Tcl_PrintDouble to write	to a buffer of size TCL_DOUBLE_SPACE, then al-
       locates	and  copies  the string	representation to just enough space to
       hold it.	 A pointer to the allocated space is stored in the bytes  mem-

       The  updateStringProc member may	be set to NULL,	if the routines	making
       use of the internal representation are written so that the string  rep-
       resentation is never invalidated.  Failure to meet this obligation will
       lead to panics or crashes when Tcl_GetStringFromObj  or	other  similar
       routines	ask for	the string representation.

       The  dupIntRepProc  member contains the address of a function called to
       copy an internal	representation from one	value to another.

	      typedef void Tcl_DupInternalRepProc(
		      Tcl_Obj *srcPtr,
		      Tcl_Obj *dupPtr);

       dupPtr's	internal representation	is made	a copy	of  srcPtr's  internal
       representation.	 Before	 the call, srcPtr's internal representation is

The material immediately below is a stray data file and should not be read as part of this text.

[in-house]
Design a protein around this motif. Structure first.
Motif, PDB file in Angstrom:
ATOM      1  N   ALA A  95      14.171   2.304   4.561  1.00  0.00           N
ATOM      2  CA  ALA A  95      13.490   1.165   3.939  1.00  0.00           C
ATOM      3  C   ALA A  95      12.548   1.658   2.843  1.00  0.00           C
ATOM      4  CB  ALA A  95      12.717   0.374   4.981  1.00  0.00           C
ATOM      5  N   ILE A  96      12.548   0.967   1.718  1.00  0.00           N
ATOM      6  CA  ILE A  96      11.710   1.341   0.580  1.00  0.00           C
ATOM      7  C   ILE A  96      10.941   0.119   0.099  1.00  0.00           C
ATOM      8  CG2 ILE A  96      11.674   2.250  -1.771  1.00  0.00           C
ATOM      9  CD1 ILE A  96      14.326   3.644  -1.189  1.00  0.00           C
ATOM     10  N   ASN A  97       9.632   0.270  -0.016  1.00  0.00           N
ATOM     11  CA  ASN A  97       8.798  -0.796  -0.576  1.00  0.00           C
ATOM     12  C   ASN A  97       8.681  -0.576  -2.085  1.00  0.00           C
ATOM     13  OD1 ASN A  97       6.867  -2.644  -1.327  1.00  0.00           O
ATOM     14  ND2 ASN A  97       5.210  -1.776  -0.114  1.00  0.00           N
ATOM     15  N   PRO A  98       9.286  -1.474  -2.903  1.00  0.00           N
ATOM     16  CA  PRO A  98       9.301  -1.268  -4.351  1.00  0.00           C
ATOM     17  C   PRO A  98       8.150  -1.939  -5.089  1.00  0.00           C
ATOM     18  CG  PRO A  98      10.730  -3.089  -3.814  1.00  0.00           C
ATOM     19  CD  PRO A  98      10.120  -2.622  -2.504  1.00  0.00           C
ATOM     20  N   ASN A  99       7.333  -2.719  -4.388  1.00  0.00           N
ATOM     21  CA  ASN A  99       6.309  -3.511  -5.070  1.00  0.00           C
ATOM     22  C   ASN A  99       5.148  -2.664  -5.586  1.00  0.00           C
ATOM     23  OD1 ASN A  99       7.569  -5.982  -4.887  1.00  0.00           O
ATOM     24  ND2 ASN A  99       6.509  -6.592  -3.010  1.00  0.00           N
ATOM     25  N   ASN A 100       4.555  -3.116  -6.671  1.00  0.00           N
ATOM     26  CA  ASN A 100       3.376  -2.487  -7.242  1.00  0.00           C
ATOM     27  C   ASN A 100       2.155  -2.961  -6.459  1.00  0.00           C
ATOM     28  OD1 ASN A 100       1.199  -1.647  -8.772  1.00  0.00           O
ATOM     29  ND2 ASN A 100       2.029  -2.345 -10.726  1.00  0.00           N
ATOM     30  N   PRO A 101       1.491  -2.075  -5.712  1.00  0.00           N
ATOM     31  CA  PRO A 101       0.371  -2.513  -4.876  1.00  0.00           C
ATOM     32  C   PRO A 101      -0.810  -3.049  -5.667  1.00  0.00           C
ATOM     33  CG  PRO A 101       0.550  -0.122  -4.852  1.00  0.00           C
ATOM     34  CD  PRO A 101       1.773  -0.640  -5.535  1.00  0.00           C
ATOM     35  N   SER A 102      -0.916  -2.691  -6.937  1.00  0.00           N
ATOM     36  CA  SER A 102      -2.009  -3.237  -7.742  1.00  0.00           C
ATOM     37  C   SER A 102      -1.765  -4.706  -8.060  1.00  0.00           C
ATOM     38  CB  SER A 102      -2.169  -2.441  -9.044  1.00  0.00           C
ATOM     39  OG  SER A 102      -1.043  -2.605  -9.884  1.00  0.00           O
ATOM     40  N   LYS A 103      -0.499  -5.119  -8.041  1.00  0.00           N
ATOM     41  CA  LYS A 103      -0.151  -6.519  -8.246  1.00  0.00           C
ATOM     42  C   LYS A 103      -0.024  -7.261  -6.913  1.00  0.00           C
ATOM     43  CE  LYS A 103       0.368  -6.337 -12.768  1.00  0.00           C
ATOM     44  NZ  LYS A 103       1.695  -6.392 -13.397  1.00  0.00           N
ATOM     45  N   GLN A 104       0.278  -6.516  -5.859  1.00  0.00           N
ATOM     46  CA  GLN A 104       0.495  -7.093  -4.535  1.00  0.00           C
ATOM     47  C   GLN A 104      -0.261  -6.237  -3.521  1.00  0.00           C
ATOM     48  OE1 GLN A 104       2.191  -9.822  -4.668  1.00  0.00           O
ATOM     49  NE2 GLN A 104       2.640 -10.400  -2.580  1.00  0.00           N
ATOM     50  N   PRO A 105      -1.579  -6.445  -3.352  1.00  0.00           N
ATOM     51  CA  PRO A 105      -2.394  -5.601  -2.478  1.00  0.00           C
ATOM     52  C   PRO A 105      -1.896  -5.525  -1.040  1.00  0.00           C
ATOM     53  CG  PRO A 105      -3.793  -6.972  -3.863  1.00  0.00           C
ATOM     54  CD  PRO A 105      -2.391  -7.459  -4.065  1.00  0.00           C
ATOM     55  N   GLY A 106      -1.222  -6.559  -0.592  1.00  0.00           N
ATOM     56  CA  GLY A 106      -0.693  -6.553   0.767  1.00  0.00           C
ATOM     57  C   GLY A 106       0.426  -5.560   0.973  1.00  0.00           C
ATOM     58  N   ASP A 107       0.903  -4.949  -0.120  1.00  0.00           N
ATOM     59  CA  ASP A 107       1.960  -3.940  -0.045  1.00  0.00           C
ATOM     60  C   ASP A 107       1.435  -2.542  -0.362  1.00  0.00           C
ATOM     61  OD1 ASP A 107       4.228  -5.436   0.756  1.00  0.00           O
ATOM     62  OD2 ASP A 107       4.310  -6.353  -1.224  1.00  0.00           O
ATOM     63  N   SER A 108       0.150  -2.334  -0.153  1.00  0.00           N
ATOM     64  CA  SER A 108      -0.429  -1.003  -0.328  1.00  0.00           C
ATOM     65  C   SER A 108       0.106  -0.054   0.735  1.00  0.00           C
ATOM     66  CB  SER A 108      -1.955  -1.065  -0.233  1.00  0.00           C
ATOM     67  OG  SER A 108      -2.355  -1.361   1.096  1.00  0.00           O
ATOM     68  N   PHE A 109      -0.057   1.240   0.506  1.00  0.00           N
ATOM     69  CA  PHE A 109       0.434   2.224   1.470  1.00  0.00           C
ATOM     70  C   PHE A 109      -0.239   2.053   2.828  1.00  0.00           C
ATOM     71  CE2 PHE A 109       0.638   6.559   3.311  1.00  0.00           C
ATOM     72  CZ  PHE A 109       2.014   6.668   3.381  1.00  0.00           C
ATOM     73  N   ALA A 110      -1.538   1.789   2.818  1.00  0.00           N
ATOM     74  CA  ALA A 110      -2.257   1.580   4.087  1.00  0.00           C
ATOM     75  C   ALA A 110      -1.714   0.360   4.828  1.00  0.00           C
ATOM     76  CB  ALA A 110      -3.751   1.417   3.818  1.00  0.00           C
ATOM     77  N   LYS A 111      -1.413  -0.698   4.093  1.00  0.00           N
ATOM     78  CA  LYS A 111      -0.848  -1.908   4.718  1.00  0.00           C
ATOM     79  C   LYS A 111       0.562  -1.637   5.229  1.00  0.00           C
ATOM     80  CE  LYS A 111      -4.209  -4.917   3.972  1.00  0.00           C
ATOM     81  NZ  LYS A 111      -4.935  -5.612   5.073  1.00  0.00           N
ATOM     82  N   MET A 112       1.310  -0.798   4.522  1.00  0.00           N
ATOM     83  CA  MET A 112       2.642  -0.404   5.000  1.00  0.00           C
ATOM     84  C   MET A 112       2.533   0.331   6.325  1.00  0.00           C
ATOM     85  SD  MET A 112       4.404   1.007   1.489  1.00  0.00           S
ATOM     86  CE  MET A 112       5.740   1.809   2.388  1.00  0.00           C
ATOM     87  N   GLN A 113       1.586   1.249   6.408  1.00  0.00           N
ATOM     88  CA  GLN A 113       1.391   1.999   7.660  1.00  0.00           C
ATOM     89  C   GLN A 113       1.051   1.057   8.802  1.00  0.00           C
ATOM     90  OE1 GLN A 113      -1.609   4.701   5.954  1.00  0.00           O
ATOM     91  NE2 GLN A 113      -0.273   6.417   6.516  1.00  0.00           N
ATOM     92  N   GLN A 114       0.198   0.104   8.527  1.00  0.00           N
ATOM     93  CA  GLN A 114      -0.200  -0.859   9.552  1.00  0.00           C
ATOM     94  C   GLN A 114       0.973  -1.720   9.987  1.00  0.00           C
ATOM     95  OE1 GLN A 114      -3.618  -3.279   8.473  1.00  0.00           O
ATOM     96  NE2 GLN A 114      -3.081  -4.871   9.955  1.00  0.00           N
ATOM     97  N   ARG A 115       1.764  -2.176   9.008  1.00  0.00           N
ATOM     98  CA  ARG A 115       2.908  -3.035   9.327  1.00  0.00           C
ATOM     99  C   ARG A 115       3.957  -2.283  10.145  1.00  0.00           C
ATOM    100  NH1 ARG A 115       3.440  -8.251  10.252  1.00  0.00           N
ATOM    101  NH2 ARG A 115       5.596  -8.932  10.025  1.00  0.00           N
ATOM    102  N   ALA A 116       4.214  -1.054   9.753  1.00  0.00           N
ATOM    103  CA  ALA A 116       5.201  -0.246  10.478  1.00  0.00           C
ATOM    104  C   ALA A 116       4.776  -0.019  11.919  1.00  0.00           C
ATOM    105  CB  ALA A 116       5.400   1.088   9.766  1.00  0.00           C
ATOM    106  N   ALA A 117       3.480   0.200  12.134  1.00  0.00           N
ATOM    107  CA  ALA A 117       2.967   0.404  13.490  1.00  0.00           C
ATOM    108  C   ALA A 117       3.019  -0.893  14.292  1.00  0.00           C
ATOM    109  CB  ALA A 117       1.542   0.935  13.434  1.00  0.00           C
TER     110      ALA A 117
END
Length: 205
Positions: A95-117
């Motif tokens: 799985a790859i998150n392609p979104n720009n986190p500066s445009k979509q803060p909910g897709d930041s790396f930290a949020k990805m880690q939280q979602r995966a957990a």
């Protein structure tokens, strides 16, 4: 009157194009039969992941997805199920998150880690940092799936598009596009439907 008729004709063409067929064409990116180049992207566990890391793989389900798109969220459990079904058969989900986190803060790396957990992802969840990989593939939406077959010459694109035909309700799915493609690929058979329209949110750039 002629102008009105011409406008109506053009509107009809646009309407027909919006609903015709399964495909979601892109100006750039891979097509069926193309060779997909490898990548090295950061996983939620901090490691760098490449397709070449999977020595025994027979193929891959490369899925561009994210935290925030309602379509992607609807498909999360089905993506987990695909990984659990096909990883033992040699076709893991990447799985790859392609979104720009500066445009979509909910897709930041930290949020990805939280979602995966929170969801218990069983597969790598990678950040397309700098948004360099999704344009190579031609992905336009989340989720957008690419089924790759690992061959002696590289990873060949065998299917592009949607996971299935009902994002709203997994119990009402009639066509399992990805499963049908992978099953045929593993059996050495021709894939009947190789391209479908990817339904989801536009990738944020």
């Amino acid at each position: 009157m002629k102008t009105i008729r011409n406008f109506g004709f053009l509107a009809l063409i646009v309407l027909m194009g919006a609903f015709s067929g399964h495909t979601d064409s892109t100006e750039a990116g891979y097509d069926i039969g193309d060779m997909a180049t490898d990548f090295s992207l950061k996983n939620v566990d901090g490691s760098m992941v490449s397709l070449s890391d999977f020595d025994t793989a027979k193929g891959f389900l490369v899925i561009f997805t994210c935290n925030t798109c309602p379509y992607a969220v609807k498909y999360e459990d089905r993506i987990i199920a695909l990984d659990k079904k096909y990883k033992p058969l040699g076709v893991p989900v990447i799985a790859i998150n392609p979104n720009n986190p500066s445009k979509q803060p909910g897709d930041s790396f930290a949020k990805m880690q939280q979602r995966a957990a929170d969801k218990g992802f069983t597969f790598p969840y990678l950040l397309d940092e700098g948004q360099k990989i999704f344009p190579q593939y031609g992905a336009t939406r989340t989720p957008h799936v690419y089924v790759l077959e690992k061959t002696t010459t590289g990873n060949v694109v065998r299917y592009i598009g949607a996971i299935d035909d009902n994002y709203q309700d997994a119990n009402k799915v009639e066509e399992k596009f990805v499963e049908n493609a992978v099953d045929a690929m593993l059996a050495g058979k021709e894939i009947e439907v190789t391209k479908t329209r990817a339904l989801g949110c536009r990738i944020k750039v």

valid and dupPtr's is not.  srcPtr's value type determines what copying
       its internal representation means.

       For  example,  the dupIntRepProc	for the	Tcl integer type simply	copies
       an integer.  The	built-in list type's dupIntRepProc uses	a far more so-
       phisticated scheme to continue sharing storage as much as it reasonably

       The freeIntRepProc member contains the address of a  function  that  is
       called when a value is freed.

	      typedef void Tcl_FreeInternalRepProc(
		      Tcl_Obj *objPtr);

       The  freeIntRepProc function can	deallocate the storage for the value's
       internal	representation and do other type-specific processing necessary
       when a value is freed.

       For  example, the list type's freeIntRepProc respects the storage shar-
       ing scheme established by the dupIntRepProc so that it only frees stor-
       age when	the last value sharing it is being freed.

       The  freeIntRepProc  member can be set to NULL to indicate that the in-
       ternal representation does not require freeing.	The freeIntRepProc im-
       plementation  must  not access the bytes	member of the value, since Tcl
       makes its own internal uses of that field during	value  deletion.   The
       defined	tasks for the freeIntRepProc have no need to consult the bytes

       Tcl_NewObj(3), Tcl_DecrRefCount(3), Tcl_IncrRefCount(3)

       internal	representation,	value, value type, string representation, type

Tcl				      8.0			Tcl_ObjType(3)